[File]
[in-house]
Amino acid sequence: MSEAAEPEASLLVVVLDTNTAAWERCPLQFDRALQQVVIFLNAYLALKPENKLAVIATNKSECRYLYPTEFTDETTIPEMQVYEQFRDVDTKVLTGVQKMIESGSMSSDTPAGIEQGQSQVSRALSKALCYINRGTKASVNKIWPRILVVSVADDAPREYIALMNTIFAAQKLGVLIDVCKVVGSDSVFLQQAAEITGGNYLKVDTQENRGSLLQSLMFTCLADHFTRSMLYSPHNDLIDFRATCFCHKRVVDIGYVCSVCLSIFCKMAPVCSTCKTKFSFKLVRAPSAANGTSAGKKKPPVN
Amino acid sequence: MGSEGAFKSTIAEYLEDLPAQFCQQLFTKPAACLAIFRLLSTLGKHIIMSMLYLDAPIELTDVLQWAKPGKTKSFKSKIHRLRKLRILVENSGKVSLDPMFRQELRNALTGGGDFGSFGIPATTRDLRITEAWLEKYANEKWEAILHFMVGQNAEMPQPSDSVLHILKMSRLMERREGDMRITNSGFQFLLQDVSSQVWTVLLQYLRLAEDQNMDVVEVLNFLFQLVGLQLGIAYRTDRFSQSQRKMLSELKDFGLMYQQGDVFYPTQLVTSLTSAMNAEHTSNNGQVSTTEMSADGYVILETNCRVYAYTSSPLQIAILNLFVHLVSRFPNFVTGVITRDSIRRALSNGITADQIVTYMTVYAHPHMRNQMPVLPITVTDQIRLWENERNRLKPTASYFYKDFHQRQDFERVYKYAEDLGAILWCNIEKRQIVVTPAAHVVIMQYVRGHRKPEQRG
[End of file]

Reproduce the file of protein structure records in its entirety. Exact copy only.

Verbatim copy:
[in-house]
Amino acid sequence: MSEAAEPEASLLVVVLDTNTAAWERCPLQFDRALQQVVIFLNAYLALKPENKLAVIATNKSECRYLYPTEFTDETTIPEMQVYEQFRDVDTKVLTGVQKMIESGSMSSDTPAGIEQGQSQVSRALSKALCYINRGTKASVNKIWPRILVVSVADDAPREYIALMNTIFAAQKLGVLIDVCKVVGSDSVFLQQAAEITGGNYLKVDTQENRGSLLQSLMFTCLADHFTRSMLYSPHNDLIDFRATCFCHKRVVDIGYVCSVCLSIFCKMAPVCSTCKTKFSFKLVRAPSAANGTSAGKKKPPVN
Amino acid sequence: MGSEGAFKSTIAEYLEDLPAQFCQQLFTKPAACLAIFRLLSTLGKHIIMSMLYLDAPIELTDVLQWAKPGKTKSFKSKIHRLRKLRILVENSGKVSLDPMFRQELRNALTGGGDFGSFGIPATTRDLRITEAWLEKYANEKWEAILHFMVGQNAEMPQPSDSVLHILKMSRLMERREGDMRITNSGFQFLLQDVSSQVWTVLLQYLRLAEDQNMDVVEVLNFLFQLVGLQLGIAYRTDRFSQSQRKMLSELKDFGLMYQQGDVFYPTQLVTSLTSAMNAEHTSNNGQVSTTEMSADGYVILETNCRVYAYTSSPLQIAILNLFVHLVSRFPNFVTGVITRDSIRRALSNGITADQIVTYMTVYAHPHMRNQMPVLPITVTDQIRLWENERNRLKPTASYFYKDFHQRQDFERVYKYAEDLGAILWCNIEKRQIVVTPAAHVVIMQYVRGHRKPEQRG